• There is any indication of tread separation from the tire carcass.
    • The tire has been punctured and cannot be satisfactorily repaired. (See #1 & #2 again.)

    12.  Install tires in matched pairs or complete sets.  I just taught this one to my frugal daughter who had one tire go bad. I hope she remembers when she, rather than Dad, is paying for the tires.

    13.  Select the right tires for your vehicle and driving environment. There is quite a variety of specialized tires available. In our generally mild southern climate, "all season" tires are generally good enough for most of us. My daughter’s boyfriend is an advocate of snow tires in upstate New York, where they are in college. I tell her to ride with him in the winter since we Southerners don’t know how to drive on that stuff anyway.

    14. Review 1 through 13. I didn’t really have "Fourteen Points" but as a former history major, I couldn’t resist a nod to the President who once had a law office near where our Georgia Bar Center now stands.

    Year in and year out, most lawyers handling back injury cases see a lot of herniated discs and fractured vertebra.  A less common and for many lawyers poorly understood back injury is syringomyelia.

    Syringomyelia is a condition in which a cyst or cavity forms within the spinal cord. While it may be congenital or caused by illness, when there are no symptoms and then it immediately shows up on an MRI after a truck folds up the rear of the person’s car, there is a good chance it is caused by trauma. Motor vehicle collisions are the most common traumatic cause of syringomyelia.

    This cavity or cyst, called a syrinx, expands and elongates over time, destroying the center of the cord. Since the spinal cord connects the brain to the nerves in the extremities, this damage may result in pain, weakness, and stiffness in the back, shoulders, arms or legs. Other symptoms may include headaches and loss of the ability to feel extremes of hot or cold, especially in the hands and disruption in body temperature. SM may also adversely affect sweating, sexual function and bladder and bowel control. In extreme cases it may lead to paralysis.

    Conservative treatment may involve multiple pain medications. In some patients it may be necessary to drain the syrinx, which can be accomplished using a catheter, drainage tubes, and valves. Surgery is usually recommended for syringomyelia patients, though the rate of success for surgery is not as high as with, for example, ruptured intervetebral discs.  However, surgery is only recommended when the condition is severe enough, and doctors may choose to defer surgery as long as appears safe.

    As an injury lawyer in Atlanta, I have dealt with probably thousands of cases of back injuries involving ruptured or bulging intervertebral discs pressing on nerves and causing pain in the back as well as pain, numbness and tingling radiating down arms and legs. This is probably the single most common injury we see resulting from motor vehicle collisions.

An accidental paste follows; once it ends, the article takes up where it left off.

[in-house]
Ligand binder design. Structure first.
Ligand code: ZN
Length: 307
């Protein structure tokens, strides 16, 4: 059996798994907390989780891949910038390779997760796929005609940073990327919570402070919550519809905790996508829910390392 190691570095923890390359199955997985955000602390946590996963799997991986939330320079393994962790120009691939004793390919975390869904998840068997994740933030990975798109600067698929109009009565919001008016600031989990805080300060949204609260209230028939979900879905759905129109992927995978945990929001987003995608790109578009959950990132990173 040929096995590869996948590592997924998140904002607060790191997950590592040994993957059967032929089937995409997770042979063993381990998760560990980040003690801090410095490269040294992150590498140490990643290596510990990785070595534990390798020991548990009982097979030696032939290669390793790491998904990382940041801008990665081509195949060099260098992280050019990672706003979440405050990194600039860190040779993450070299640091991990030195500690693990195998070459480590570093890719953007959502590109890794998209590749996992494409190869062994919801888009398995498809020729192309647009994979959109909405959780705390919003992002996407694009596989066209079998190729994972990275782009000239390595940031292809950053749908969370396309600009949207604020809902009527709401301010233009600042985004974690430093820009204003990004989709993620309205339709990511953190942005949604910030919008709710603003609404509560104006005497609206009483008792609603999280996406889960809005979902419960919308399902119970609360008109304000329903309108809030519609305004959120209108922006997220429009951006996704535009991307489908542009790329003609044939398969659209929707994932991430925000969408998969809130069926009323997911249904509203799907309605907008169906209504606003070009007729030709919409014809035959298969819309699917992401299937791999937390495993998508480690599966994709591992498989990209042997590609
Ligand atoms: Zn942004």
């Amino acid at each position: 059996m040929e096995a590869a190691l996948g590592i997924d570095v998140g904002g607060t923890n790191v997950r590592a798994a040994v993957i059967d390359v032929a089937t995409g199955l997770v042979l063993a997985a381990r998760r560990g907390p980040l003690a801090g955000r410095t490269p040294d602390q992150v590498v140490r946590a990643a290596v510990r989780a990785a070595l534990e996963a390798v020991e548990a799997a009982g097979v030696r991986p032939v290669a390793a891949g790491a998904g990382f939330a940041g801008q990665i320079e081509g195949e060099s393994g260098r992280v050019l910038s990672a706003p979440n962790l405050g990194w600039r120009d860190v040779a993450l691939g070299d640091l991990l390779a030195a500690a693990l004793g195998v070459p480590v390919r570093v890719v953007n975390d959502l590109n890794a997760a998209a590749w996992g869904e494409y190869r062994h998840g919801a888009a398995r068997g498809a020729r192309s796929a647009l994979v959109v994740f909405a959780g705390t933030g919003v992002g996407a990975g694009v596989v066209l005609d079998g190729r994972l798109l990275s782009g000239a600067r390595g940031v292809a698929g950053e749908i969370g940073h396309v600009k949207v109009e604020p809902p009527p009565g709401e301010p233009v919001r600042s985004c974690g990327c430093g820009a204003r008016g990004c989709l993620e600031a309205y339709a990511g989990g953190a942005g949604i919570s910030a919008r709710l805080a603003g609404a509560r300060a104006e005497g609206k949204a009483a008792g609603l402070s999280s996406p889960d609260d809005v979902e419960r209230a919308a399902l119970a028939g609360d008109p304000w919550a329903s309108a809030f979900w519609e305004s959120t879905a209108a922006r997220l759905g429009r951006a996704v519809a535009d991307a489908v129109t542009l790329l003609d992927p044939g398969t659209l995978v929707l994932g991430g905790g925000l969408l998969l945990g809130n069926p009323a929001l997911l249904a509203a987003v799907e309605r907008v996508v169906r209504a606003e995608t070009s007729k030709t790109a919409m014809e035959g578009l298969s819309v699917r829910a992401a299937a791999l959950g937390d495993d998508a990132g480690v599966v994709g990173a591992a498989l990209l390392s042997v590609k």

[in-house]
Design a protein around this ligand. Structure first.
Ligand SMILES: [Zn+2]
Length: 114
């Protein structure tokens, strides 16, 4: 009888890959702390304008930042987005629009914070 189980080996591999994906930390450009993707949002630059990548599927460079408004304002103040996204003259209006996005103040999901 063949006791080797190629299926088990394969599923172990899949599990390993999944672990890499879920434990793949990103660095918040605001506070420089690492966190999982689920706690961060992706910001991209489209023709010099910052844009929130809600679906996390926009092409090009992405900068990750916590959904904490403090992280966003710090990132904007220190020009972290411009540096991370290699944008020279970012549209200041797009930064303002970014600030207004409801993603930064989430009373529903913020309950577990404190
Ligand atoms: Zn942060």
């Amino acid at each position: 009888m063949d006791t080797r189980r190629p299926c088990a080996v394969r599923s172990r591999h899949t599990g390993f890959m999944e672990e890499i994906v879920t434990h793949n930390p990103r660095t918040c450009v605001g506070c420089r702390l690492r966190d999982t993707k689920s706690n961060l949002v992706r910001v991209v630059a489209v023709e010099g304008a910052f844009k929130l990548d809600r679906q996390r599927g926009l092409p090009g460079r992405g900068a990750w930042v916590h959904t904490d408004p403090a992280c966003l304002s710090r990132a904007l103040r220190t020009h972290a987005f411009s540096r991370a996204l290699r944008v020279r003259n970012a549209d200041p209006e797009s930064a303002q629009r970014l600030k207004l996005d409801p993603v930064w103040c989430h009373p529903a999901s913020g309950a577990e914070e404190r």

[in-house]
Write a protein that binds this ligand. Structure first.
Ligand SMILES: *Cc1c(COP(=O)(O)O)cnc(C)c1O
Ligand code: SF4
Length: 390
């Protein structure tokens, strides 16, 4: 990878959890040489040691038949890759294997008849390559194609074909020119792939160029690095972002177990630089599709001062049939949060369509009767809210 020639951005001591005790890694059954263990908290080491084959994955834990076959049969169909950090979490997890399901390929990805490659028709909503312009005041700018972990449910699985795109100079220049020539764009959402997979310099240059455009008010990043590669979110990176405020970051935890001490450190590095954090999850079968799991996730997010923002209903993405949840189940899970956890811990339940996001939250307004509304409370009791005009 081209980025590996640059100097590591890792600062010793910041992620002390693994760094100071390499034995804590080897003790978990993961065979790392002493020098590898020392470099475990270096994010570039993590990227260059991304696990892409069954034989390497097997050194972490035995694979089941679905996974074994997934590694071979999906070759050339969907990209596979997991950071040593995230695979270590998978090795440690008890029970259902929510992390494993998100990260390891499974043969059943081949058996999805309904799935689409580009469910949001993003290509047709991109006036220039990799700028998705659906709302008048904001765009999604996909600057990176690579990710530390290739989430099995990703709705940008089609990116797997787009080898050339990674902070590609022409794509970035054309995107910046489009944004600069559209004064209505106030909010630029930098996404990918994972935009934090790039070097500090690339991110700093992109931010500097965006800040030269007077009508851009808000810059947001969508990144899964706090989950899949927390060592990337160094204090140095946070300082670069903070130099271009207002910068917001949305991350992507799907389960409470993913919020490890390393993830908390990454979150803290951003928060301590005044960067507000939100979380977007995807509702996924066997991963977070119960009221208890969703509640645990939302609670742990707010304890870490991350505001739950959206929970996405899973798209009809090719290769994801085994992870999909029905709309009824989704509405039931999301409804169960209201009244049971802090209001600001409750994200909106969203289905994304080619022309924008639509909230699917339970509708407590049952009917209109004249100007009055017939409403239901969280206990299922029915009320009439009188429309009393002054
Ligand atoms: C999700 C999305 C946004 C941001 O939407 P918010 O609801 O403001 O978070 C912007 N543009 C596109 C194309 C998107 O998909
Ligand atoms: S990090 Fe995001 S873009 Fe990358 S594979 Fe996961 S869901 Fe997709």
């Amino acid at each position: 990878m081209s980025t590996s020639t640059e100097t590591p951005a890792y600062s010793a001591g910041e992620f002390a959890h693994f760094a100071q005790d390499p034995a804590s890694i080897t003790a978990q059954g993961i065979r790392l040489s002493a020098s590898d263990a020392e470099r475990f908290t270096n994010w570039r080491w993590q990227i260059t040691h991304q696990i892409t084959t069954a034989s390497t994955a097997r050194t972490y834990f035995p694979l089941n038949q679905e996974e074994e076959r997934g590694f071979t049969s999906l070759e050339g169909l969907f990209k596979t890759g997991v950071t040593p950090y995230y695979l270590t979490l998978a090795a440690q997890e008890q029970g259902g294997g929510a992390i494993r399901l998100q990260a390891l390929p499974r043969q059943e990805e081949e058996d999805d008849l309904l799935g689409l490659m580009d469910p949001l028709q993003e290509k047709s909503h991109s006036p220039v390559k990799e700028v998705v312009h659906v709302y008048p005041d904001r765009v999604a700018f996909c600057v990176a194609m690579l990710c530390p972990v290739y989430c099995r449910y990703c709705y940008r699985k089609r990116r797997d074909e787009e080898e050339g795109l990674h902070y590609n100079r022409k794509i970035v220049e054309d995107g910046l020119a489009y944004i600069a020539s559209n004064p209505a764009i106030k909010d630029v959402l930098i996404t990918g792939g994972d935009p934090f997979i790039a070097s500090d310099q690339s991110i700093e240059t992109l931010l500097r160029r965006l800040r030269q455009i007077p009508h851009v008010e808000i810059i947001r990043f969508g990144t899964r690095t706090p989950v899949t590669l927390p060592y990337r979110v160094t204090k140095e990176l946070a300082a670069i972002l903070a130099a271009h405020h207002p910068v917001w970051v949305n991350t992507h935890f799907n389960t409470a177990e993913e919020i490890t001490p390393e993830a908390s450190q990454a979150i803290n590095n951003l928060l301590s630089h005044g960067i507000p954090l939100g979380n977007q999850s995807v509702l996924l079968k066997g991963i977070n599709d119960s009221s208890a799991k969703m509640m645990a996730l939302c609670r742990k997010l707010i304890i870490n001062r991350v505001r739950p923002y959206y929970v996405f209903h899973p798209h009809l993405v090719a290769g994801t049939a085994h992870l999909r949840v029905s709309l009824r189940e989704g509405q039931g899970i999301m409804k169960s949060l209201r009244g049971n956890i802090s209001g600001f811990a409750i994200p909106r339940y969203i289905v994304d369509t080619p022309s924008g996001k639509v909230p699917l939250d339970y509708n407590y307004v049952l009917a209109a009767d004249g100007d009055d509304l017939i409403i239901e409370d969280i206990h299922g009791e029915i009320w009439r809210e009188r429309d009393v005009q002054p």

Now an Australian biotech company has announced successful preclinical trial results of its adult stem cells in the treatment of degenerative intervertebral disc disease, the leading cause of low back pain. Note that they are using adult stem cells, not the controversial embryonic stem cells.

    It’s a long road from preclinical trials in Australia to FDA approval in the US.  But if this turns out to be a practical treatment for damaged discs, it could be a major breakthrough for treatment of millions of people with injured and/or degenerative disc problems.

    While I make my living as a trial attorney handling personal injury liability cases for people who have been seriously injured, I am also deeply interested in scientific advances that improve their prospects for productive lives of high quality.

    Traumatic spinal cord injuries leading to quadriplegia and paraplegia are among the most devastating of all physical injuries.  The full scope of problems associated with those conditions  — pressure sores, spasticity, autonomic dysreflexia, lack of bowel and bladder control, etc. —  is unknown and virtually unimaginable to anyone who has not dealt directly with those conditions.

    New advances in stem cell and nanotechnology research appear to offer hope in the long term. However, they are a long way from producing  treatments approved by the FDA, clinically available in the US and paid for by health insurance. Stem cell studies with lab animals have produced exciting reports, and every few weeks I see hopeful reports about the prospect of using stem cells from olfactory nerve, umbilical cord blood, spleen or bone marrow.

    There is a lot of hype about the promise of stem cell therapies, and we read of patients traveling to Portugal, China, Thailand or Mexico for cutting edge treatments, the efficacy and safety of which have not yet been proven to the satisfaction of US authorities. 

    A few web sites that offer insights into the current state of stem cell research are:

     I’m not a physician and cannot give medical advice. In representing victims of catastrophic injury, however, we try to look ahead to the possibilities for improving the quality and quantity of life if sufficient financial resources are made available.